I guess my point is that reorganizing the kitchen wasn't a priority until it Became A Priority, you know? It takes an emergency (or at least a broken glass) to make that happen. GTD is supposed to minimize those emergencies and give you the space to deal with them when they do happen.

02 April 2008

Wow-wee! A zeppelin!!

So we killed for guards and now we have an airship.

That sounded odd. Perhaps I should contextualize.

I have been playing D&D again at the FLGS, Above Board Games. Sarah met some other mom on her mom's group messageboard whose husband plays in a Wednesday night game there, so Sarah encouraged, nay, demanded, I check it out. I did. Husband's game was full, but another group that played said I could join immediately "if I played a healer". Thus, Brannon the Cleric was created.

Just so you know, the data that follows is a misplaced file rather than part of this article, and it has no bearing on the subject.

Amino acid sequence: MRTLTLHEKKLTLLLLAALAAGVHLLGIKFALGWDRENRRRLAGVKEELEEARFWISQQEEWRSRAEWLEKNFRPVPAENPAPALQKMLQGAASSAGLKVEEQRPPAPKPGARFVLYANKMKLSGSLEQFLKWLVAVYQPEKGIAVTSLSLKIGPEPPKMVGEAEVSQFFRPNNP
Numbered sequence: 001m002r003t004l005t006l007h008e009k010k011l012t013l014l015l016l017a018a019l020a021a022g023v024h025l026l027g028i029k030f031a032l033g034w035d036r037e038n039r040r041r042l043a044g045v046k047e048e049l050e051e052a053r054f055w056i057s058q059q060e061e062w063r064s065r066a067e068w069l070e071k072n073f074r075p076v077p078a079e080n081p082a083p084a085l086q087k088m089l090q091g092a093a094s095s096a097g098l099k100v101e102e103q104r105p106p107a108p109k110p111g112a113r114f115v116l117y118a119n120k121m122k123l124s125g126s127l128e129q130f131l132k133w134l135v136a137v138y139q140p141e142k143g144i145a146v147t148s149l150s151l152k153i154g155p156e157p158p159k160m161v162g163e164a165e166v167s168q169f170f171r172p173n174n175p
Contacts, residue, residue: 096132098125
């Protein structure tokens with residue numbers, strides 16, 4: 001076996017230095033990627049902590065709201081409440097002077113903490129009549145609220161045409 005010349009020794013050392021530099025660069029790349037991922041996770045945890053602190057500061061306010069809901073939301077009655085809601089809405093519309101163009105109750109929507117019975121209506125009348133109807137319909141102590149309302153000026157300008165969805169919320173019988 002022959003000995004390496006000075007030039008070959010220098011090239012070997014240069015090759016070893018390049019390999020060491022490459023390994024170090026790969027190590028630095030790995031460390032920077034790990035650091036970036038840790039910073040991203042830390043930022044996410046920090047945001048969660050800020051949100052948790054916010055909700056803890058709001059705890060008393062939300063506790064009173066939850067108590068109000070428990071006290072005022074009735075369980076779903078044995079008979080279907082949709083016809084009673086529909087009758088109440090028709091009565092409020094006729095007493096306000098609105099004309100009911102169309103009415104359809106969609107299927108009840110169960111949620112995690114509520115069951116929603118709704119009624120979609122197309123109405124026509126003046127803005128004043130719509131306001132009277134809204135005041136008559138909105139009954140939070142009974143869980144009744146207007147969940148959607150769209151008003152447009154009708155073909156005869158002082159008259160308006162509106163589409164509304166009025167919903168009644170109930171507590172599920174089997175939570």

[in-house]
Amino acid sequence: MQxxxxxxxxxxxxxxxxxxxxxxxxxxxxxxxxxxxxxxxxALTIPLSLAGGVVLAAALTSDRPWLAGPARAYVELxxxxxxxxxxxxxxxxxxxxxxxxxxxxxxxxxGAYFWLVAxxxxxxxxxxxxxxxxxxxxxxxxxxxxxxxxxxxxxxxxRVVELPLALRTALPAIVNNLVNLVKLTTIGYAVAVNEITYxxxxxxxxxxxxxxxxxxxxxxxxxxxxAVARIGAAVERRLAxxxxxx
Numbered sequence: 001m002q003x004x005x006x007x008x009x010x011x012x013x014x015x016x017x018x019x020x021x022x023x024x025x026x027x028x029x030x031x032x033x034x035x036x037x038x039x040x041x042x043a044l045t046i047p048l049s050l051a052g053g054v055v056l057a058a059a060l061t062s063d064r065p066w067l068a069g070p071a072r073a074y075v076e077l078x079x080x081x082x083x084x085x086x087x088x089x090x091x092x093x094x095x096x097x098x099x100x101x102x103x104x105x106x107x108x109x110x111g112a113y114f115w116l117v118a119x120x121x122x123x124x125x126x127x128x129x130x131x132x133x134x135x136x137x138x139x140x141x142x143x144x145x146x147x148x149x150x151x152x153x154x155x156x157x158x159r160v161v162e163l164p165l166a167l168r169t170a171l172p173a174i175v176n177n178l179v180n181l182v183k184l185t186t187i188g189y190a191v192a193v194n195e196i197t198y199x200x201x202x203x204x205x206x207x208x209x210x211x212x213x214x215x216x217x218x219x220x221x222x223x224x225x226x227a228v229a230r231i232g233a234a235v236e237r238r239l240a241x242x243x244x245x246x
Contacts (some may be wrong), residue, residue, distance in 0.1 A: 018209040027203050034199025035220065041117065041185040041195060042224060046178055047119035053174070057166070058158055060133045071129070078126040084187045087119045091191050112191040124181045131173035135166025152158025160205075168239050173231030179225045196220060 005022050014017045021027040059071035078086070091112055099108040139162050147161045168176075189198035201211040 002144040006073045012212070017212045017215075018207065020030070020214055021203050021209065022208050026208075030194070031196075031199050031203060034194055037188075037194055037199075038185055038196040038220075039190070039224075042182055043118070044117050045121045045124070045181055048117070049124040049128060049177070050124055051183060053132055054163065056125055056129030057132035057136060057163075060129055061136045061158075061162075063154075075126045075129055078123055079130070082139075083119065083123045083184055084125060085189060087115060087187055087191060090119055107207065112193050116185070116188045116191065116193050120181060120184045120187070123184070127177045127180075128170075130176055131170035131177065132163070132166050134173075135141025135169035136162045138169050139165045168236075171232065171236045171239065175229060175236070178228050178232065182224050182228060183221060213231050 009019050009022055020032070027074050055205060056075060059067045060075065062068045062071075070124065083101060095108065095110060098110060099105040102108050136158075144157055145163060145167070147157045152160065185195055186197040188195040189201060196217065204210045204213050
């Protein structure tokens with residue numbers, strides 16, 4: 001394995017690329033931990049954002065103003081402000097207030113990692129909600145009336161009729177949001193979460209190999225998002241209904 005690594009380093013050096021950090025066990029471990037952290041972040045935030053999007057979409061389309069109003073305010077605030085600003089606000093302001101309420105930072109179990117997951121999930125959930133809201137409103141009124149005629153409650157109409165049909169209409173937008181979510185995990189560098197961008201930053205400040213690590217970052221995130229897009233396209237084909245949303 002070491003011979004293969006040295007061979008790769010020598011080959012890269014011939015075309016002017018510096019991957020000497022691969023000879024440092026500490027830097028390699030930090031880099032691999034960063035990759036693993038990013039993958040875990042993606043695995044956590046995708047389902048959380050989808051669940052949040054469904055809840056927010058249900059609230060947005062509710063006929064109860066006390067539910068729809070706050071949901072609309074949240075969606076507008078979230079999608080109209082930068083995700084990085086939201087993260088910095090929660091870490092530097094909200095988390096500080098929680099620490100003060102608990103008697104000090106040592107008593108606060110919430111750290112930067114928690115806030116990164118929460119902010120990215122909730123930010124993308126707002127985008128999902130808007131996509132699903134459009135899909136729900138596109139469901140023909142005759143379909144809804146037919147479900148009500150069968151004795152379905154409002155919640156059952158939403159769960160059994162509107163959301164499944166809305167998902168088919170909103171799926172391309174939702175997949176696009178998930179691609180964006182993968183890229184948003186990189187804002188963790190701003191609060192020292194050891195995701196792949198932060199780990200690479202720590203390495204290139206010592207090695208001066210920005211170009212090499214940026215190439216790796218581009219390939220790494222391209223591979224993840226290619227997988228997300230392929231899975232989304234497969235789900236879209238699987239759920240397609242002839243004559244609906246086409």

For a few weeks now, I have been wanting to chronicle this game. It's interesting to be a player again after a long layoff. With all the 4th Edition news and hype coming out, it is interesting to compare and contrast a 3.5 game with the upcoming new edition (at least what we know about it). Plus I think my long layoff has given me a new perspective on the game and those who play it. So I am going to try and write these things up in an interesting, thoughtful, and hopefully funny way. It's not an attempt at a Story Hour or anything, because my table observations are going to be a big part of my write ups. I'll just dive right in with this week and try to fill in the past few weeks (this was my 4th time playing with these guys) as we progress.